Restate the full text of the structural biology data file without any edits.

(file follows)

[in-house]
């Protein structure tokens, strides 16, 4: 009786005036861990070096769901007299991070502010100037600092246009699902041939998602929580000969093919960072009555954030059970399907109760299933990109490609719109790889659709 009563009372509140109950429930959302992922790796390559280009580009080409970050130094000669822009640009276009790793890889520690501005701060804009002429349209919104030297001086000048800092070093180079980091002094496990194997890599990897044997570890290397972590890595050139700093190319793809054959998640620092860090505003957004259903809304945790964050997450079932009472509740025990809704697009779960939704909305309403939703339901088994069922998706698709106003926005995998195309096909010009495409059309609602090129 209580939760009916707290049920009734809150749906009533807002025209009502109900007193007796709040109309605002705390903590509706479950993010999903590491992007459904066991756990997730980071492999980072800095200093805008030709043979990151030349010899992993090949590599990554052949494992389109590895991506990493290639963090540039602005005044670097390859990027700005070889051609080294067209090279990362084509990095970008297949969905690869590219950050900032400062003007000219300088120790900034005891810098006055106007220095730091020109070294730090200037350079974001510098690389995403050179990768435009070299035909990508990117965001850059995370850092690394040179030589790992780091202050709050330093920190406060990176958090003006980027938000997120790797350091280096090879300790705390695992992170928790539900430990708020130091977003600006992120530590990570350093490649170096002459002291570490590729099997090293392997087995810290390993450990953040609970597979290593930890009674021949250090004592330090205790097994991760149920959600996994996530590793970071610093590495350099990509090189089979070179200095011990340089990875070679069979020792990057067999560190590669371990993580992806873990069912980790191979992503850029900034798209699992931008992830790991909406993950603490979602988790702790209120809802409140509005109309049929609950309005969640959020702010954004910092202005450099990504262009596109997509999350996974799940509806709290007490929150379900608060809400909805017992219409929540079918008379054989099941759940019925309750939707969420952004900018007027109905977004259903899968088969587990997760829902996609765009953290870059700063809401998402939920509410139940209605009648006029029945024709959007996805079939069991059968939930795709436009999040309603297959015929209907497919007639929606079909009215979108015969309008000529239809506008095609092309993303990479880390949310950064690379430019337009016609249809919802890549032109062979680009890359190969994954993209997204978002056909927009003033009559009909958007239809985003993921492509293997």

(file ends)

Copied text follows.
[in-house]
């Protein structure tokens, strides 16, 4: 009786005036861990070096769901007299991070502010100037600092246009699902041939998602929580000969093919960072009555954030059970399907109760299933990109490609719109790889659709 009563009372509140109950429930959302992922790796390559280009580009080409970050130094000669822009640009276009790793890889520690501005701060804009002429349209919104030297001086000048800092070093180079980091002094496990194997890599990897044997570890290397972590890595050139700093190319793809054959998640620092860090505003957004259903809304945790964050997450079932009472509740025990809704697009779960939704909305309403939703339901088994069922998706698709106003926005995998195309096909010009495409059309609602090129 209580939760009916707290049920009734809150749906009533807002025209009502109900007193007796709040109309605002705390903590509706479950993010999903590491992007459904066991756990997730980071492999980072800095200093805008030709043979990151030349010899992993090949590599990554052949494992389109590895991506990493290639963090540039602005005044670097390859990027700005070889051609080294067209090279990362084509990095970008297949969905690869590219950050900032400062003007000219300088120790900034005891810098006055106007220095730091020109070294730090200037350079974001510098690389995403050179990768435009070299035909990508990117965001850059995370850092690394040179030589790992780091202050709050330093920190406060990176958090003006980027938000997120790797350091280096090879300790705390695992992170928790539900430990708020130091977003600006992120530590990570350093490649170096002459002291570490590729099997090293392997087995810290390993450990953040609970597979290593930890009674021949250090004592330090205790097994991760149920959600996994996530590793970071610093590495350099990509090189089979070179200095011990340089990875070679069979020792990057067999560190590669371990993580992806873990069912980790191979992503850029900034798209699992931008992830790991909406993950603490979602988790702790209120809802409140509005109309049929609950309005969640959020702010954004910092202005450099990504262009596109997509999350996974799940509806709290007490929150379900608060809400909805017992219409929540079918008379054989099941759940019925309750939707969420952004900018007027109905977004259903899968088969587990997760829902996609765009953290870059700063809401998402939920509410139940209605009648006029029945024709959007996805079939069991059968939930795709436009999040309603297959015929209907497919007639929606079909009215979108015969309008000529239809506008095609092309993303990479880390949310950064690379430019337009016609249809919802890549032109062979680009890359190969994954993209997204978002056909927009003033009559009909958007239809985003993921492509293997």